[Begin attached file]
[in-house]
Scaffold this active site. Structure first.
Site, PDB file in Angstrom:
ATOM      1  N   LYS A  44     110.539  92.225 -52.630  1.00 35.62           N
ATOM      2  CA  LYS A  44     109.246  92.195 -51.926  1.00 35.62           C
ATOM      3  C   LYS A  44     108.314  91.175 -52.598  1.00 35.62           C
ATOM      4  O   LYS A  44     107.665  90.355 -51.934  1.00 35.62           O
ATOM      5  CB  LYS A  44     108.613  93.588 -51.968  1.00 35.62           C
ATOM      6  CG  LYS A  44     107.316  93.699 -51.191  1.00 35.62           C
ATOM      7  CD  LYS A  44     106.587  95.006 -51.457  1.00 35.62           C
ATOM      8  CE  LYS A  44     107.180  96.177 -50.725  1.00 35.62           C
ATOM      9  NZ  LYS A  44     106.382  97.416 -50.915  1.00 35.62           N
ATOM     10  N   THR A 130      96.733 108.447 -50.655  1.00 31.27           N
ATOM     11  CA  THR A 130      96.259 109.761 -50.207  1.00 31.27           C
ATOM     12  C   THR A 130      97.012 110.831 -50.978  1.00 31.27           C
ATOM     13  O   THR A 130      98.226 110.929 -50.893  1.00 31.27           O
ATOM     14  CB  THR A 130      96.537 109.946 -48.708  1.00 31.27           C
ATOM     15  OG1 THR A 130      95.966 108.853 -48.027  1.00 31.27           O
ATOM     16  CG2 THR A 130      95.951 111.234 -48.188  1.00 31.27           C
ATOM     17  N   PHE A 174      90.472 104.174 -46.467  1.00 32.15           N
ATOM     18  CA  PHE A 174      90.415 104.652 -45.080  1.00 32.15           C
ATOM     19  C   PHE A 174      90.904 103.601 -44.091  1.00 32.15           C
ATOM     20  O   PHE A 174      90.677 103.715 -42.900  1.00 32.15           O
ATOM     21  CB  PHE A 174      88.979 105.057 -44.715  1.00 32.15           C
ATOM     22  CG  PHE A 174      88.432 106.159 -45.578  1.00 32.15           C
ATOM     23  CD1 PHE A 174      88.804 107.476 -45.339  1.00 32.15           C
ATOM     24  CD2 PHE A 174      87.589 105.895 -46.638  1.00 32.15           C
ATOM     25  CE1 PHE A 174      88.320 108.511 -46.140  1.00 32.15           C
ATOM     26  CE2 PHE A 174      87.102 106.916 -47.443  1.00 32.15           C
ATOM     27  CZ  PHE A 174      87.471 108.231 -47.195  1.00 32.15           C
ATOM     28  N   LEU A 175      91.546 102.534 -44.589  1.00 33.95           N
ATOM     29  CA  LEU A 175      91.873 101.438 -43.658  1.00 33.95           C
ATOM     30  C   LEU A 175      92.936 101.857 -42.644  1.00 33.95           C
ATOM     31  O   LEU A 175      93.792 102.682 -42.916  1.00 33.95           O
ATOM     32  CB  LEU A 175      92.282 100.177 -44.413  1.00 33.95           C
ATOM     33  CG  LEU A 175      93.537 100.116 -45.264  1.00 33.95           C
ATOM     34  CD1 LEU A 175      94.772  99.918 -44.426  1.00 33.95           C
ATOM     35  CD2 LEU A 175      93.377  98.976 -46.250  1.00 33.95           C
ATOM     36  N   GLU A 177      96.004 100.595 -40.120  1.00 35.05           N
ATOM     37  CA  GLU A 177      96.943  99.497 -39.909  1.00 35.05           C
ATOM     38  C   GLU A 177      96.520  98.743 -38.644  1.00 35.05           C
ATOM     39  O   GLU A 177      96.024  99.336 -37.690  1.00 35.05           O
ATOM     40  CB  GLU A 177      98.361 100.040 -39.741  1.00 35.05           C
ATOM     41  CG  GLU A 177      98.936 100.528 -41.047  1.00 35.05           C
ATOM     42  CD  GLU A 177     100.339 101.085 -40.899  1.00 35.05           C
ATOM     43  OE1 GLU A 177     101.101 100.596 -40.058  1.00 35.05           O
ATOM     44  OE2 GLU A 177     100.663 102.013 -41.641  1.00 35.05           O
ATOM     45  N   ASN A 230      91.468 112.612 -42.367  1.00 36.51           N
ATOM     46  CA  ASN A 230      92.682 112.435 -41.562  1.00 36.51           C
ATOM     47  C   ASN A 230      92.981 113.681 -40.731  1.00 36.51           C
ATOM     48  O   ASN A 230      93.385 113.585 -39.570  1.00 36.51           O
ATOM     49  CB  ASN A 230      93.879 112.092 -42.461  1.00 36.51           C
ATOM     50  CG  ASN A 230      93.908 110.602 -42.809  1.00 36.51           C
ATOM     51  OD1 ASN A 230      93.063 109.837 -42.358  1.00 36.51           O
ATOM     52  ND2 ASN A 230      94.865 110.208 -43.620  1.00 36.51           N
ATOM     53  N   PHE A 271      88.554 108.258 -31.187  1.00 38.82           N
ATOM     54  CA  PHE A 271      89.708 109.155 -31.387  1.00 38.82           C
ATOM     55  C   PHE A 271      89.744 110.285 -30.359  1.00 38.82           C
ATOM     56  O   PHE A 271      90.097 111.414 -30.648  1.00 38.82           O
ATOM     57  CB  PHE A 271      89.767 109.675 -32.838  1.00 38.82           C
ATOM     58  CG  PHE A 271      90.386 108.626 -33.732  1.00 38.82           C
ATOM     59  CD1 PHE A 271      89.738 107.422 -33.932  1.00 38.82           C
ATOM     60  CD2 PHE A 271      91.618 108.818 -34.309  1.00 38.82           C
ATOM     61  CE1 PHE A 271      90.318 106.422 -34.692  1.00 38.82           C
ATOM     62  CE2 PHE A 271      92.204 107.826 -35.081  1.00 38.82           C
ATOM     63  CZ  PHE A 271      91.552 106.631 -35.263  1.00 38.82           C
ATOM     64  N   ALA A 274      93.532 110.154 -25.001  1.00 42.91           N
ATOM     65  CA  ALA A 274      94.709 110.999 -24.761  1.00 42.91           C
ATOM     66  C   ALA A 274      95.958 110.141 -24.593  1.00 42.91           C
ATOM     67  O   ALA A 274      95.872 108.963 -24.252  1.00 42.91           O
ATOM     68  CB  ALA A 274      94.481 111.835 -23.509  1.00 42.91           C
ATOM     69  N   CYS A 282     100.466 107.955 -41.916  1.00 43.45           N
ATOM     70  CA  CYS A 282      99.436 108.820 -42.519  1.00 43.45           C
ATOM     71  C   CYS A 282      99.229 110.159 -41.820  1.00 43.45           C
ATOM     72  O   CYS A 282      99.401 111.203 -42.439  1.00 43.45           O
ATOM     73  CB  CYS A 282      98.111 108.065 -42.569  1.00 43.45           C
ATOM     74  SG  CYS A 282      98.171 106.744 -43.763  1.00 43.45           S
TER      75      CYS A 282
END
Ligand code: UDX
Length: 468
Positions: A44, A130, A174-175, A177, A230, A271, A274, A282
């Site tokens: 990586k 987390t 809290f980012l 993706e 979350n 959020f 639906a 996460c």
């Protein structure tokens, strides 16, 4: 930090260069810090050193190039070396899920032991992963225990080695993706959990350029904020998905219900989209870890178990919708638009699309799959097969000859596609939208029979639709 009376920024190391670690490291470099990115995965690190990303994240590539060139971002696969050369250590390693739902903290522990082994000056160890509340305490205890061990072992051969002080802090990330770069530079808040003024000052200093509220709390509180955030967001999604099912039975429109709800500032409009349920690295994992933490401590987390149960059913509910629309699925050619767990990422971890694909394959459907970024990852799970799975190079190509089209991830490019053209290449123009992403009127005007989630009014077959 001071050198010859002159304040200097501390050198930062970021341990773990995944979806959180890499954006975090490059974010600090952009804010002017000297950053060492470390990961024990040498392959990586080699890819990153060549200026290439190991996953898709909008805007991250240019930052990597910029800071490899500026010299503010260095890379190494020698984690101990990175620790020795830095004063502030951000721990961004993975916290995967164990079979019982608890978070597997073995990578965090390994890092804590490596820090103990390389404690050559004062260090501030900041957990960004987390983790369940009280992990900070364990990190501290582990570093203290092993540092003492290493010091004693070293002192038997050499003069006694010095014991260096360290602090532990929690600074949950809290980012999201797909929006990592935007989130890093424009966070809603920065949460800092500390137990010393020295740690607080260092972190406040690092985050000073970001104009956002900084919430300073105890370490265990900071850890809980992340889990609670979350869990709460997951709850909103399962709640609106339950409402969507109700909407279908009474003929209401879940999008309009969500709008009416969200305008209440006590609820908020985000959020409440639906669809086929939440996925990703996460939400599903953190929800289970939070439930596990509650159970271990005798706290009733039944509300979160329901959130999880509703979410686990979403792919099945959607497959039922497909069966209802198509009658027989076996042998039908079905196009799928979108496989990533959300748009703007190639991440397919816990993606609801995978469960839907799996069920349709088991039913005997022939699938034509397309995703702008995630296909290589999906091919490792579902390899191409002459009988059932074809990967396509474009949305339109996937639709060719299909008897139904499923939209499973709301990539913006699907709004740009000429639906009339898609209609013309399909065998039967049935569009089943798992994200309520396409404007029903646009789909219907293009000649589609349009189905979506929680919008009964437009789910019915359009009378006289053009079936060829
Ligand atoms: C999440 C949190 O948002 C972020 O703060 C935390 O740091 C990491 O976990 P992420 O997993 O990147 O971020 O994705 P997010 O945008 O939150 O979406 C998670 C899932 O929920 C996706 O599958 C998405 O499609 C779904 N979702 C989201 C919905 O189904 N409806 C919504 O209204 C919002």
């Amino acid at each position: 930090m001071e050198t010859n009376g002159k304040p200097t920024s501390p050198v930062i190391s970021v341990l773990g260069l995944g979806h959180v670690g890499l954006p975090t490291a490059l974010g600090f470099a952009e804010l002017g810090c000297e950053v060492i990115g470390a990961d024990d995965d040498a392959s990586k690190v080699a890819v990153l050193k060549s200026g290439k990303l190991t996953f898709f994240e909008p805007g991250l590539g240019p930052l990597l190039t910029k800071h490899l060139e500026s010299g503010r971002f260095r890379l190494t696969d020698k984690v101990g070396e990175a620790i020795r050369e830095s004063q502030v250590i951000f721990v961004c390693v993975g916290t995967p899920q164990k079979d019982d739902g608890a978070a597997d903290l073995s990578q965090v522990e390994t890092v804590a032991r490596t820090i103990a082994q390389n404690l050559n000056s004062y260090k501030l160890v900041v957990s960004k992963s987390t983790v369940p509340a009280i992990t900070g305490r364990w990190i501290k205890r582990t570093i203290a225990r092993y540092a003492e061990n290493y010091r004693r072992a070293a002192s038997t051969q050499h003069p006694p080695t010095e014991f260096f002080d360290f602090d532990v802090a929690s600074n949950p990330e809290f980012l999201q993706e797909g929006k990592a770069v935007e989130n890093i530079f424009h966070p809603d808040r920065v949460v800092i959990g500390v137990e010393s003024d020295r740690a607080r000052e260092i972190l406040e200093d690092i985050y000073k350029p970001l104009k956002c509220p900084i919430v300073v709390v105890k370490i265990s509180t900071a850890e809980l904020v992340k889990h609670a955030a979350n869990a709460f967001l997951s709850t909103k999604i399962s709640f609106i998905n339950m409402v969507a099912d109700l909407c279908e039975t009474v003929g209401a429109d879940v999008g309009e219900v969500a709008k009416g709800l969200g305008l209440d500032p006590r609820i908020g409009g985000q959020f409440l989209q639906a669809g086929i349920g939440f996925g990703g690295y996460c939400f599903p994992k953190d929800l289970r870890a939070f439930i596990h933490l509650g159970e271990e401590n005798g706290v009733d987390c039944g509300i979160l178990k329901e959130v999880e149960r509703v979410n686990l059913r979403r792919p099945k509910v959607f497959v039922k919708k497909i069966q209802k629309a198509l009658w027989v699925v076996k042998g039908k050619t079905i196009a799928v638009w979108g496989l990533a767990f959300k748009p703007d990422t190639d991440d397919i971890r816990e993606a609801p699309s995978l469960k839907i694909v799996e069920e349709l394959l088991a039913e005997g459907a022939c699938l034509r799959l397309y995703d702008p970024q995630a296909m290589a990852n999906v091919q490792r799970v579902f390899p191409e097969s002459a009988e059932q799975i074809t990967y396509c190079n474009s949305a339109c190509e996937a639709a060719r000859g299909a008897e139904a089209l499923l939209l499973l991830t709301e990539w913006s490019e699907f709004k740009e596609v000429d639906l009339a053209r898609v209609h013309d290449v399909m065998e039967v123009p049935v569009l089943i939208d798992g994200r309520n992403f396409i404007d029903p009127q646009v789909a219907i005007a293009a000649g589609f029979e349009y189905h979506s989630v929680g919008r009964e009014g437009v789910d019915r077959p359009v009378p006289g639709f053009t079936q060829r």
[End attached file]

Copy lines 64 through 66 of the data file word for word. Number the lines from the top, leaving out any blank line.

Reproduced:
ATOM     61  CE1 PHE A 271      90.318 106.422 -34.692  1.00 38.82           C
ATOM     62  CE2 PHE A 271      92.204 107.826 -35.081  1.00 38.82           C
ATOM     63  CZ  PHE A 271      91.552 106.631 -35.263  1.00 38.82           C